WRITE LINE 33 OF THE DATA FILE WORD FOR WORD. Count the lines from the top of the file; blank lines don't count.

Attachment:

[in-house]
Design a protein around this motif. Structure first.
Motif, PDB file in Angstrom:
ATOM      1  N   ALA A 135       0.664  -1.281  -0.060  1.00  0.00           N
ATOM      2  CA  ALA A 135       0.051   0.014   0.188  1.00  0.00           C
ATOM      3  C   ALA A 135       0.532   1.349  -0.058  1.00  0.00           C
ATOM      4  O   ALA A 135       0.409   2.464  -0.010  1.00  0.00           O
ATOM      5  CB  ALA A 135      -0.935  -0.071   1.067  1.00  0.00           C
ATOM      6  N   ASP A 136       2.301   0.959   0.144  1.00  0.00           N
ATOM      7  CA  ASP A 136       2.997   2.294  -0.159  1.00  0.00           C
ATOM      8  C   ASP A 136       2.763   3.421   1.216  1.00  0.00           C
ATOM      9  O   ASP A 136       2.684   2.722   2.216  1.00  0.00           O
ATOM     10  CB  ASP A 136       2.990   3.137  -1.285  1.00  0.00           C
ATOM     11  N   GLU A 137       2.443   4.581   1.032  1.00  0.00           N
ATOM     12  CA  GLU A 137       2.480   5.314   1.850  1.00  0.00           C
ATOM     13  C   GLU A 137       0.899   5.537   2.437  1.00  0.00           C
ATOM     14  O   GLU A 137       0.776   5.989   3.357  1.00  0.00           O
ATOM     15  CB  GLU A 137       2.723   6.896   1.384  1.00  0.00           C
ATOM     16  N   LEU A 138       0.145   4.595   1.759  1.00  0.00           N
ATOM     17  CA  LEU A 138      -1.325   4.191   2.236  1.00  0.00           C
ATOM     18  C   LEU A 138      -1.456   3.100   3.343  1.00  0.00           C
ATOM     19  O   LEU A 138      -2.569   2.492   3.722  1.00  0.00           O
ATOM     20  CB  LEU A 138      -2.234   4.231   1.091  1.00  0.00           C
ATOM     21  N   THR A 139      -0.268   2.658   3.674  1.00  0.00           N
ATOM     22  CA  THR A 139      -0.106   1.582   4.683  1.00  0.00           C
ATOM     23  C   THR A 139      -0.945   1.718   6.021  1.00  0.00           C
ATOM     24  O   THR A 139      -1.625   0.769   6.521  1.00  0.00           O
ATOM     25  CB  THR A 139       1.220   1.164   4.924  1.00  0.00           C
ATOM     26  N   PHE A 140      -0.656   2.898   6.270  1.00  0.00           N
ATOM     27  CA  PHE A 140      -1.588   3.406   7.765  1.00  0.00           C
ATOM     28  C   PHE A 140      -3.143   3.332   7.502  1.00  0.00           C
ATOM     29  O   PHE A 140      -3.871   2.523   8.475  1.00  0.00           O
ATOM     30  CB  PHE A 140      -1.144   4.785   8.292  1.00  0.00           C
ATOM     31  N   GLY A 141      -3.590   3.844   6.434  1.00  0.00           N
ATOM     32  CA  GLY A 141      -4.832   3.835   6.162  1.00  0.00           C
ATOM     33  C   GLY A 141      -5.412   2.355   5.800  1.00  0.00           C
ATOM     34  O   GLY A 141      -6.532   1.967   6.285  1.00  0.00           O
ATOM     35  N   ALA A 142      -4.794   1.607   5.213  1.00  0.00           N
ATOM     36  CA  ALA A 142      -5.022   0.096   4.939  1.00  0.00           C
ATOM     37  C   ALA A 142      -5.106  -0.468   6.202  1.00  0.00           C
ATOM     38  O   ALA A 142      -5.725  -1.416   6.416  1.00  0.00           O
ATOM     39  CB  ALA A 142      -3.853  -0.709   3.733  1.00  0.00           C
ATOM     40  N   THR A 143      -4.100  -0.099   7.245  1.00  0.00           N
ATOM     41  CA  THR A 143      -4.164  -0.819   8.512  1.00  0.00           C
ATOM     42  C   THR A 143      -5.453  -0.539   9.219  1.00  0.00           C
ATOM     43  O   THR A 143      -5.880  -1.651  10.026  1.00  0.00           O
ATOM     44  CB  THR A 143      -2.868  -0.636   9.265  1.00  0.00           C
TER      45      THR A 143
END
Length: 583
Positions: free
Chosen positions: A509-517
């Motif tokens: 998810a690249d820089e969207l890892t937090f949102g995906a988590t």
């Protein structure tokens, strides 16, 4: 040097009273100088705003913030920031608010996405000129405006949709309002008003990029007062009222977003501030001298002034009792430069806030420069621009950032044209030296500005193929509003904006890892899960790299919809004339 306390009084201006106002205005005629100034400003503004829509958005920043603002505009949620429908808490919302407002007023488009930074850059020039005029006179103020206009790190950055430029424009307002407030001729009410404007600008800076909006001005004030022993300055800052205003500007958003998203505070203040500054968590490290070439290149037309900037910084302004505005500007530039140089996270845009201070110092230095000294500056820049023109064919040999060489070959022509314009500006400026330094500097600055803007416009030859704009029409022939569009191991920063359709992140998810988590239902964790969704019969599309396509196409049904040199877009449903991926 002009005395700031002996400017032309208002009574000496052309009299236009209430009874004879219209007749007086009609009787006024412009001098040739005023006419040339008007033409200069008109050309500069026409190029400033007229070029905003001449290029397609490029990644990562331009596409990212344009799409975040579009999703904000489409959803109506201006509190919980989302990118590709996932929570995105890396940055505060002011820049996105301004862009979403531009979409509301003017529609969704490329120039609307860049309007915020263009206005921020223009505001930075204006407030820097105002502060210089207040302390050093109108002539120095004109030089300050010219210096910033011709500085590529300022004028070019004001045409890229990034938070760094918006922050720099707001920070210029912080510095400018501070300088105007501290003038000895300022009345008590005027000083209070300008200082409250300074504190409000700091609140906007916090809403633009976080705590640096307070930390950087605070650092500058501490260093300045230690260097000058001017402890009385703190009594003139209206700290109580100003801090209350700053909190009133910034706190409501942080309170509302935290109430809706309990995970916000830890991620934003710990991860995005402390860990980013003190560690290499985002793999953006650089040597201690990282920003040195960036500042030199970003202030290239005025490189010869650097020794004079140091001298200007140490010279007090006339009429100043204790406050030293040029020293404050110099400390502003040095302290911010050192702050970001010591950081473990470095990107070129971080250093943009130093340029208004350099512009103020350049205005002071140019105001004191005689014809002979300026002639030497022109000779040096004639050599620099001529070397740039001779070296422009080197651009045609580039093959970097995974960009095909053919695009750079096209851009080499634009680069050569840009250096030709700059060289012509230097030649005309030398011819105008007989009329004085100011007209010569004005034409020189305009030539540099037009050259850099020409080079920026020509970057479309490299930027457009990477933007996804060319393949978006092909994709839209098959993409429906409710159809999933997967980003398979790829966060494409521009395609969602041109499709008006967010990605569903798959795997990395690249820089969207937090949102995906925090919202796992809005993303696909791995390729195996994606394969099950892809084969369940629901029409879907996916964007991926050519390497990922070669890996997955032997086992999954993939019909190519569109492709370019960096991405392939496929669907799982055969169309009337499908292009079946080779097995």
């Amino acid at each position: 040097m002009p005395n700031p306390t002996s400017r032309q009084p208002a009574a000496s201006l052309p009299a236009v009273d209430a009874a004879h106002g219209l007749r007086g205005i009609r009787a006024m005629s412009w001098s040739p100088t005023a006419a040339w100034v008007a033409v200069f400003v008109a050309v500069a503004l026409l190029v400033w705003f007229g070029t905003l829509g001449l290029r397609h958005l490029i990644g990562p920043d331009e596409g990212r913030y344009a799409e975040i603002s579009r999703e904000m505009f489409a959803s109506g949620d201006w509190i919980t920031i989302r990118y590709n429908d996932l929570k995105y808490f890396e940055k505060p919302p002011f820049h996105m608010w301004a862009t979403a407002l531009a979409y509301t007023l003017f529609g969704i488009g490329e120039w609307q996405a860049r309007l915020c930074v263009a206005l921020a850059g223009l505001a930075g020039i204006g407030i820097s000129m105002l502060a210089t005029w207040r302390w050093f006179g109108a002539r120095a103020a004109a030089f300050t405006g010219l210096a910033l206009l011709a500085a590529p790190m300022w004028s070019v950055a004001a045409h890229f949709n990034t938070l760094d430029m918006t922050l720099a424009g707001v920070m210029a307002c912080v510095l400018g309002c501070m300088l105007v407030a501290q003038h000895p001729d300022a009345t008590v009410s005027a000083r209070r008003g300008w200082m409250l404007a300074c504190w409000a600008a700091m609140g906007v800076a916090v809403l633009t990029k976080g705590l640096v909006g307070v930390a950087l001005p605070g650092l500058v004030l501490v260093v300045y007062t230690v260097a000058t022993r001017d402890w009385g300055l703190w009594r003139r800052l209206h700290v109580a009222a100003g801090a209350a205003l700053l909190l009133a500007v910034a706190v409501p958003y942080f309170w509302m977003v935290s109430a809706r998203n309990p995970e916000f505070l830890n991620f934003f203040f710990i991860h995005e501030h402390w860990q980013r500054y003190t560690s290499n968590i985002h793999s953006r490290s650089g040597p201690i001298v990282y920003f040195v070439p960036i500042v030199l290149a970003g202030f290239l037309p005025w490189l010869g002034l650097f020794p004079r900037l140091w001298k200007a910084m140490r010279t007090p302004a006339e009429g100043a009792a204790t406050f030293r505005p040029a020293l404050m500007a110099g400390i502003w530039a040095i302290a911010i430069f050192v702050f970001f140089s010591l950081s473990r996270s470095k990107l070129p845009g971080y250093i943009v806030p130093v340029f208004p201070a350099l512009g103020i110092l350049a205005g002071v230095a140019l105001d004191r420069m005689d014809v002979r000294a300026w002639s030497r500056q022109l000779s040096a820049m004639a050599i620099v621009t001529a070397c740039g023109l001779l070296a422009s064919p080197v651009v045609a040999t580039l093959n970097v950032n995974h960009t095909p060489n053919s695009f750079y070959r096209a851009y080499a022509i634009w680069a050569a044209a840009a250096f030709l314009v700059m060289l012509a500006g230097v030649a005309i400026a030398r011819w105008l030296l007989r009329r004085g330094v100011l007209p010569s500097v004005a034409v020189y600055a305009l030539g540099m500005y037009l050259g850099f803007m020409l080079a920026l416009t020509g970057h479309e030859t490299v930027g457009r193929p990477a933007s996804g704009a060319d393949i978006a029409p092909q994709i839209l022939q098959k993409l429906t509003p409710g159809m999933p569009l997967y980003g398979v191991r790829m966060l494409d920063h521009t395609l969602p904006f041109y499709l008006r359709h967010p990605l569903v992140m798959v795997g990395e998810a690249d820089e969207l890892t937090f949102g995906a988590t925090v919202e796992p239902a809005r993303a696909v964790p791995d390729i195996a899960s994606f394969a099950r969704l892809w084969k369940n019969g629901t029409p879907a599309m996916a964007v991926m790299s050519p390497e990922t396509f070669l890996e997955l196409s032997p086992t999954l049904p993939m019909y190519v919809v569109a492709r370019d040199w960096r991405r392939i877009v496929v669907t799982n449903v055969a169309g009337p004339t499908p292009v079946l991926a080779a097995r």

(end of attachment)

ATOM     30  CB  PHE A 140      -1.144   4.785   8.292  1.00  0.00           C